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  • Oscar "Zeta" Acosta and Generic PoliticsAt the Margins of Identity and Law
  • R. Andrés Guzmán (bio)

An enigmatic and controversial figure during his lifetime, Oscar "Zeta" Acosta has continued to intrigue generations of literary critics, artists, and activists after his mysterious disappearance in Mexico in 1974. Though often remembered primarily for his two semi-autobiographical novels, The Autobiography of a Brown Buffalo ([1972] 1989a) and The Revolt of the Cockroach People ([1973] 1989b), Acosta was also active as a militant lawyer during a pivotal moment in the development of the Chicano Movement in Los Angeles during the late 1960s and early 1970s. By focusing on his legal, political, and literary work, the present essay contributes to a rereading of Revolt in light of Acosta's experiences as a political militant and radical lawyer. While his multifaceted engagement with the Chicano Movement complicates any attempt at a conclusive assessment of his political thought, we can nevertheless [End Page 173] identify in Revolt several thematic threads that give us insight into his thinking of revolutionary politics. In this later work, I contend, we can find an implicit theory of politics conceived of as a "post-evental" (Badiou 2006a) process initiated with the 1968 East L.A. high school walkouts; one that displaces identity as a basis for the unity of a political collective and reassesses the relationship between law, politics, and representation.

The Chicano Movement, as is often noted, was in large part characterized by a "quest for identity" (Muñoz 2007, 76).1 Beyond the social implications of valorizing Mexican American culture against its denigration by Anglo society, ethnic pride was frequently seen as the necessary "common denominator for uniting all Mexican Americans and making possible effective political mobilization" (Muñoz 2007, 93). The development of a strong ethnic identity was thus considered politically imperative as a way to provide the movement with the common ground required for unified action. The problem, however, is that in taking identity as the basis for political action, such a politics produced a set of exclusions in the very process of identitarian definition on which it depended. These exclusions, often based on gendered and heteronormative conceptions of difference integral to the existing organization of the social, reproduced some of the discriminatory logics that sustained (and continue to sustain) the status quo (Chabram Dernersesian 1994; Moraga 2000; Saldívar-Hull 2000; Rodríguez 2011). Given this, we can thus see that "a set of exclusions confronts identity politics and prevents it from doing justice to the concerns of the excluded and marginalized" from the very outset (Dean 1996, 8). To the extent that politics as a collective endeavor cannot rid itself of a notion of the common, and yet the representation of commonality relies on the identification of constitutive limits as a condition for its intelligibility, the question turns on how we can think commonality in a manner not determined by identitarian definition. Such a notion, I argue, requires that commonality be thought negatively, beyond the realm of positive representation. I propose that Acosta points the way to such a conception in Revolt, and that a Badiouian framework enables us to trace this thought.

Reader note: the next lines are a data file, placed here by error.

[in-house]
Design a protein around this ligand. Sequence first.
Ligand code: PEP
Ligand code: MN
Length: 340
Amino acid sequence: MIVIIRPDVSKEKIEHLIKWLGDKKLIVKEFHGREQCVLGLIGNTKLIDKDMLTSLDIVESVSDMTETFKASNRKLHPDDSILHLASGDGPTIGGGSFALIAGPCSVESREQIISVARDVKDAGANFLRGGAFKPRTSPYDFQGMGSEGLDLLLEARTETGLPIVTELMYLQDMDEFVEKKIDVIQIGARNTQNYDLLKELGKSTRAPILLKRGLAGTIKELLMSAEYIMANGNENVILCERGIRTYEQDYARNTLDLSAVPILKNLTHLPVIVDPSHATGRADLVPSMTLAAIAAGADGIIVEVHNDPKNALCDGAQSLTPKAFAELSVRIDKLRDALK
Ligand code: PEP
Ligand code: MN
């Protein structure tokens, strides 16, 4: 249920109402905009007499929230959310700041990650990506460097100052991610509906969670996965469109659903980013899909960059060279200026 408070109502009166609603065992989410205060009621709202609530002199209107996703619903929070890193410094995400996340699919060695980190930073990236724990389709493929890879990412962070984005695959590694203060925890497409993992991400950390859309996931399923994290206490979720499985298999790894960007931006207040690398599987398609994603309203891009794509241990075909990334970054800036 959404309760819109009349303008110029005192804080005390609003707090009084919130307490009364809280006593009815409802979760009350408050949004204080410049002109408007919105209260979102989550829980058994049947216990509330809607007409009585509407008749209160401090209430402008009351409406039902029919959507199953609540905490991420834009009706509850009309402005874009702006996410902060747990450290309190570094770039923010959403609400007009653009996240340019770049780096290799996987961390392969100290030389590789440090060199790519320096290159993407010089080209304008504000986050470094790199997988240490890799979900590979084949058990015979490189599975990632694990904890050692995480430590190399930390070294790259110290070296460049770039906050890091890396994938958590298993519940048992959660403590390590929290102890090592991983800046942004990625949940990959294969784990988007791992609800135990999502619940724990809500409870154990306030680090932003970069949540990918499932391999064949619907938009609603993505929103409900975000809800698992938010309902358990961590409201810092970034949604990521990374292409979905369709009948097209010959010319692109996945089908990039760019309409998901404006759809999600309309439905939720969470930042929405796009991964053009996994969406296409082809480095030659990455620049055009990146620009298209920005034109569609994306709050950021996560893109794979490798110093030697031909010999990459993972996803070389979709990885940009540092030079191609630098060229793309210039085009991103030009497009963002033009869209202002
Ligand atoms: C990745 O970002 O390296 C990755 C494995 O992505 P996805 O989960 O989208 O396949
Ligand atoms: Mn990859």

Without denying the evident existence of heteronormative and sexist discourse in Revolt, and despite a frequent tendency among critics to analyze Acosta's work in line with the identity politics of Chicano nationalism, I [End Page 174] nevertheless propose that we can also find in Acosta's writing a thinking of politics unsutured from both identitarian and legalistic limitations. More specifically, I argue that Revolt can be read as a reflection on politics as a postevental and generic procedure founded on the trace of the interruption into an existing situation of the latter's constitutive void. Carlos Gallego (2011) has also drawn on Badiou to read Revolt as figuring a nonidentitarian and universalist politics of the void. With Gallego, I see as a benefit of Badiou's philosophy its enabling a critique of identity politics that neither jettisons the category of the subject, nor reduces it to an effect of structure—be it as a remainder that resists structural capture or as a product of interpellation (Gallego...


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